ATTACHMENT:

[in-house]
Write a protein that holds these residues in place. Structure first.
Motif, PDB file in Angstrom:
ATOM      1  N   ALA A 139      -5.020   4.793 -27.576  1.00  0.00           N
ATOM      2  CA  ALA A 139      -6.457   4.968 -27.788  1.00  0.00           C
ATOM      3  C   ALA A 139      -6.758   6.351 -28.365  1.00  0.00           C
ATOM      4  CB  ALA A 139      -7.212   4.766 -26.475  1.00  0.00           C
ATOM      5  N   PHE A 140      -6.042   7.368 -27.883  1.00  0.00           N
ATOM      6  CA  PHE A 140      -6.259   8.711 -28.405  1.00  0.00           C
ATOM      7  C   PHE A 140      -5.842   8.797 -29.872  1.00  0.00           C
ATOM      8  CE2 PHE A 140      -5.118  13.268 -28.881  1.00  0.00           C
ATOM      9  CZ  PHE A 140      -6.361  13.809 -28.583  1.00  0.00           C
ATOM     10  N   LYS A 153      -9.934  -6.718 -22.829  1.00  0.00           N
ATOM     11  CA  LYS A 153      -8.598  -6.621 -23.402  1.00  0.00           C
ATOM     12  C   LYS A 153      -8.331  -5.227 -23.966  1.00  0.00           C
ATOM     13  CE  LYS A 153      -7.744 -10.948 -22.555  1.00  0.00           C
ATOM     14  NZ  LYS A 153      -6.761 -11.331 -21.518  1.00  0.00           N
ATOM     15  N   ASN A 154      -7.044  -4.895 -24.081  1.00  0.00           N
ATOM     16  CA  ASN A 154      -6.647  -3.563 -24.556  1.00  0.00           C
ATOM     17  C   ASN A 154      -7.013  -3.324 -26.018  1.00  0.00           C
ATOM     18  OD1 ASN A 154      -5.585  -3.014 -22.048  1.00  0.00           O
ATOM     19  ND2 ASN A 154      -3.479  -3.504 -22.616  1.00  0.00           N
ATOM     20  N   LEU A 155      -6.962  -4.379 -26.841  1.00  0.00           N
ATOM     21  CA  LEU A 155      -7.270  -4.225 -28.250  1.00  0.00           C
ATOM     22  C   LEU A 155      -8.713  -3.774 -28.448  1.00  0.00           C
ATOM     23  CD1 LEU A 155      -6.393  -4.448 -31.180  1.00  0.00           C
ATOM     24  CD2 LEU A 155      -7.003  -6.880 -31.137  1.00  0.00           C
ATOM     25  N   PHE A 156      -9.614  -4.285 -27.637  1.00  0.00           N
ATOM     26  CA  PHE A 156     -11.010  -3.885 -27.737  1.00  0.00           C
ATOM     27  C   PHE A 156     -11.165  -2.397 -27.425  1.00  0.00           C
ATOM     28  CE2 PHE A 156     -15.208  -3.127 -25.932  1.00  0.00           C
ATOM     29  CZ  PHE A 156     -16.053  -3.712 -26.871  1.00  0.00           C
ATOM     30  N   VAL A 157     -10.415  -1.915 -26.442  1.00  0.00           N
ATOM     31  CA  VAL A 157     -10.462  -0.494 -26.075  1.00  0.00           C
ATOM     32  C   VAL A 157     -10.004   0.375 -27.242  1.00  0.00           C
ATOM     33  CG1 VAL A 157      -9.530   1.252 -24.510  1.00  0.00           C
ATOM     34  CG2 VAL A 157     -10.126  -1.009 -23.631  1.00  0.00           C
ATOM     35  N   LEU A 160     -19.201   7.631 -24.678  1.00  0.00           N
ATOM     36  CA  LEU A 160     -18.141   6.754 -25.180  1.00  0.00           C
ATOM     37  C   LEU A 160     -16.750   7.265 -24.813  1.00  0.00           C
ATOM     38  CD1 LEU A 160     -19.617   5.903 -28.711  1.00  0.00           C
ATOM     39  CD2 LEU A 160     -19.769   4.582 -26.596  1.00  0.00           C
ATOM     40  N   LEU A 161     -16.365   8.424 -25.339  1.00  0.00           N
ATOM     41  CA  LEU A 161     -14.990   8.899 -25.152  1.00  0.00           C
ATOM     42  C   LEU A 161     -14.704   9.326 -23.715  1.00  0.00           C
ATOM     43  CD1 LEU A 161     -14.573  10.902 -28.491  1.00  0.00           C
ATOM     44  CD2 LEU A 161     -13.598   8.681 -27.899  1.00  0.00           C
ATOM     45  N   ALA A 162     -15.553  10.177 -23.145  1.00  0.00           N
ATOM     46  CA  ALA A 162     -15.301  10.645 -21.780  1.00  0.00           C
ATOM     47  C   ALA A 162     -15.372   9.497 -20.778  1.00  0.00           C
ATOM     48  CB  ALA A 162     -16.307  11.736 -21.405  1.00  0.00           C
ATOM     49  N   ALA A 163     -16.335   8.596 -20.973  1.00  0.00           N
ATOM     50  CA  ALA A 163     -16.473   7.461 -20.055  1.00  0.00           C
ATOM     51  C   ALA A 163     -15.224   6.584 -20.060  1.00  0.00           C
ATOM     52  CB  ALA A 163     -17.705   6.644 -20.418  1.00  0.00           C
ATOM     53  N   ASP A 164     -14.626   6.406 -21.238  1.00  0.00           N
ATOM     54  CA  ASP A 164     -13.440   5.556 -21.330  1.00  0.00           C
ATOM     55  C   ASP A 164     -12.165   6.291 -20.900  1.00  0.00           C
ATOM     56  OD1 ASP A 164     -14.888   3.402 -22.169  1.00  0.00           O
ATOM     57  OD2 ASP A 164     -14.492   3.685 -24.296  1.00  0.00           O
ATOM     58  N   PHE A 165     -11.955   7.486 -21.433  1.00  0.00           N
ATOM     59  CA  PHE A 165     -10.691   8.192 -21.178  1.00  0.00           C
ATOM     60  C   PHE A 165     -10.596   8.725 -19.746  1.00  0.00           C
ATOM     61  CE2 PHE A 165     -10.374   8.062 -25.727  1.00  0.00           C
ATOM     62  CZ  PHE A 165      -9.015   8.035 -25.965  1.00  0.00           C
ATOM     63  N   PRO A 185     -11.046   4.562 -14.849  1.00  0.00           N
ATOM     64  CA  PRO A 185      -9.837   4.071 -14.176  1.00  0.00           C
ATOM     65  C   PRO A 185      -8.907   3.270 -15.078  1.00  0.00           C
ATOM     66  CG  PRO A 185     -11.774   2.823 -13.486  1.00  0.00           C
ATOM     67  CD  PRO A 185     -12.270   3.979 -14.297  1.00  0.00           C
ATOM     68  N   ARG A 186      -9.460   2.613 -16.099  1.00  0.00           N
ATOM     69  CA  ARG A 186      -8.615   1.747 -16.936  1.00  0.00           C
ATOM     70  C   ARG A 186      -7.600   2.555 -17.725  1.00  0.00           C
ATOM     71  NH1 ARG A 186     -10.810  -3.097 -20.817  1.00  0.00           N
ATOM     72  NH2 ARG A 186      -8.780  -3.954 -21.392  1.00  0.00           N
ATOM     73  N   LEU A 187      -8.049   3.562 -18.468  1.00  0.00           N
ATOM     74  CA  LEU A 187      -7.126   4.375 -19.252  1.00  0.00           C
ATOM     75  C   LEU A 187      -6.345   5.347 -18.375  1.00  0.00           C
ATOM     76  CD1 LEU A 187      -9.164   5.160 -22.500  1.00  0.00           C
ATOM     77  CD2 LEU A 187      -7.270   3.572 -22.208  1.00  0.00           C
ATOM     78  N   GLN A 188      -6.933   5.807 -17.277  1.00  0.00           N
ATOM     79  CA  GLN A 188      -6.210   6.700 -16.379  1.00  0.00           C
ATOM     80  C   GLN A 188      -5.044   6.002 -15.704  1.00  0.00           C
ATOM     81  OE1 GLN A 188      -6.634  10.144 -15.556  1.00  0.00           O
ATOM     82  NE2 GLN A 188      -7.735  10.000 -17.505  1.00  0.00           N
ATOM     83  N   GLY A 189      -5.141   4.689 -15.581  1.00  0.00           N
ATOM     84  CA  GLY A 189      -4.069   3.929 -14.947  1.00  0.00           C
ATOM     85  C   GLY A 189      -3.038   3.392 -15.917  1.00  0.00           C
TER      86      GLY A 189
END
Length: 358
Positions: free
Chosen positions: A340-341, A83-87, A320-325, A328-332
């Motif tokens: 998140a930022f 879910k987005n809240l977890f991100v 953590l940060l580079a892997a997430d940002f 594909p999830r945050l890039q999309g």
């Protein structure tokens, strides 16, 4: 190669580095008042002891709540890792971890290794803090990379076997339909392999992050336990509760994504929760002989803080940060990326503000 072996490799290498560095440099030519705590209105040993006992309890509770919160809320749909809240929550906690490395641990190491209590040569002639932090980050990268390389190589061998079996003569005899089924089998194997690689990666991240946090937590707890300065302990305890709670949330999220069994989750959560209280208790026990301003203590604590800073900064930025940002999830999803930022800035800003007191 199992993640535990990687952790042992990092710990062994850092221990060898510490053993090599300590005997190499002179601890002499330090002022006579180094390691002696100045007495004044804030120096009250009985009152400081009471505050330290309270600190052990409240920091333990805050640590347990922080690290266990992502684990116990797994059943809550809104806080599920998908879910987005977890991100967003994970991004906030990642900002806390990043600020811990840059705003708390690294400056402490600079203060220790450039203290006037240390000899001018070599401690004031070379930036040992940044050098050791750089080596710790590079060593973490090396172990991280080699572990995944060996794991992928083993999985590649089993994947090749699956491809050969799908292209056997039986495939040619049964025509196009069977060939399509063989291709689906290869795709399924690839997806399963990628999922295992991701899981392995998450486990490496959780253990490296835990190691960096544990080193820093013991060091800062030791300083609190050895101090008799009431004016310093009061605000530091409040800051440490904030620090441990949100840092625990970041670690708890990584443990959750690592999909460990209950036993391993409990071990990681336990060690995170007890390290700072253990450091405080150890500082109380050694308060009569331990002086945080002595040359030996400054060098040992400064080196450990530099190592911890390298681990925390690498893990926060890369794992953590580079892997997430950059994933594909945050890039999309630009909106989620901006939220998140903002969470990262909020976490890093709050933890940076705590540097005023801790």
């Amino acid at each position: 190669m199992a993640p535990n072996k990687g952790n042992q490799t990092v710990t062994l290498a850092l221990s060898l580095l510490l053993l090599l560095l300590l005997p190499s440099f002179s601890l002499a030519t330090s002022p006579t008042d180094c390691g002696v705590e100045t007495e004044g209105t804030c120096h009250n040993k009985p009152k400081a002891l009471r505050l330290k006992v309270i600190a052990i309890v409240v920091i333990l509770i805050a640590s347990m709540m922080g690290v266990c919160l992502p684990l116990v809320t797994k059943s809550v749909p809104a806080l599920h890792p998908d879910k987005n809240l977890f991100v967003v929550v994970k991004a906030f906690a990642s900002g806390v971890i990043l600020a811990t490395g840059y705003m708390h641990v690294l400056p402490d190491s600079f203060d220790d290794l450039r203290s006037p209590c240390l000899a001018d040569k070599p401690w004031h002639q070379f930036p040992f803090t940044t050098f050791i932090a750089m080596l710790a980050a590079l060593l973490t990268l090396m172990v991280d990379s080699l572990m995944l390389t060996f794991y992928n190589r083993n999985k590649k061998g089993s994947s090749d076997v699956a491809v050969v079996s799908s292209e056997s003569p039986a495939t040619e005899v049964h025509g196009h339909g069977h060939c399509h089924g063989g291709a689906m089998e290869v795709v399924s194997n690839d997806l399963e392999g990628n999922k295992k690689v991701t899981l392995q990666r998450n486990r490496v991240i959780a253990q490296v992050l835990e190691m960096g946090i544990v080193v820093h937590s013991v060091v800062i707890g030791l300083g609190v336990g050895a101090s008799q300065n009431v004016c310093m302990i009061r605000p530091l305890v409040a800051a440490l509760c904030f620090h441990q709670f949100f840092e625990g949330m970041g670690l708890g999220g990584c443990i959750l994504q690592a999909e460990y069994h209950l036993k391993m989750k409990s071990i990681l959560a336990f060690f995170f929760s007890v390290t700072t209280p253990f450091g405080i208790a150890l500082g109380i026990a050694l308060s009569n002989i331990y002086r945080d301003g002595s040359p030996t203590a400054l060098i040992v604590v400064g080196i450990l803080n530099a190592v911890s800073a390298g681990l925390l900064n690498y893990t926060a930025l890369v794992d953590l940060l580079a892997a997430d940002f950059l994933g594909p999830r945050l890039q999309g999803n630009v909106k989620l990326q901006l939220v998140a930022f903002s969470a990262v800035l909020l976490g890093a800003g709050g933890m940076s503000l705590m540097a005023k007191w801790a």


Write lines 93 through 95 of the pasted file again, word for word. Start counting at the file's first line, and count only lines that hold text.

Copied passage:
Chosen positions: A340-341, A83-87, A320-325, A328-332
């Motif tokens: 998140a930022f 879910k987005n809240l977890f991100v 953590l940060l580079a892997a997430d940002f 594909p999830r945050l890039q999309g």
């Protein structure tokens, strides 16, 4: 190669580095008042002891709540890792971890290794803090990379076997339909392999992050336990509760994504929760002989803080940060990326503000 072996490799290498560095440099030519705590209105040993006992309890509770919160809320749909809240929550906690490395641990190491209590040569002639932090980050990268390389190589061998079996003569005899089924089998194997690689990666991240946090937590707890300065302990305890709670949330999220069994989750959560209280208790026990301003203590604590800073900064930025940002999830999803930022800035800003007191 199992993640535990990687952790042992990092710990062994850092221990060898510490053993090599300590005997190499002179601890002499330090002022006579180094390691002696100045007495004044804030120096009250009985009152400081009471505050330290309270600190052990409240920091333990805050640590347990922080690290266990992502684990116990797994059943809550809104806080599920998908879910987005977890991100967003994970991004906030990642900002806390990043600020811990840059705003708390690294400056402490600079203060220790450039203290006037240390000899001018070599401690004031070379930036040992940044050098050791750089080596710790590079060593973490090396172990991280080699572990995944060996794991992928083993999985590649089993994947090749699956491809050969799908292209056997039986495939040619049964025509196009069977060939399509063989291709689906290869795709399924690839997806399963990628999922295992991701899981392995998450486990490496959780253990490296835990190691960096544990080193820093013991060091800062030791300083609190050895101090008799009431004016310093009061605000530091409040800051440490904030620090441990949100840092625990970041670690708890990584443990959750690592999909460990209950036993391993409990071990990681336990060690995170007890390290700072253990450091405080150890500082109380050694308060009569331990002086945080002595040359030996400054060098040992400064080196450990530099190592911890390298681990925390690498893990926060890369794992953590580079892997997430950059994933594909945050890039999309630009909106989620901006939220998140903002969470990262909020976490890093709050933890940076705590540097005023801790």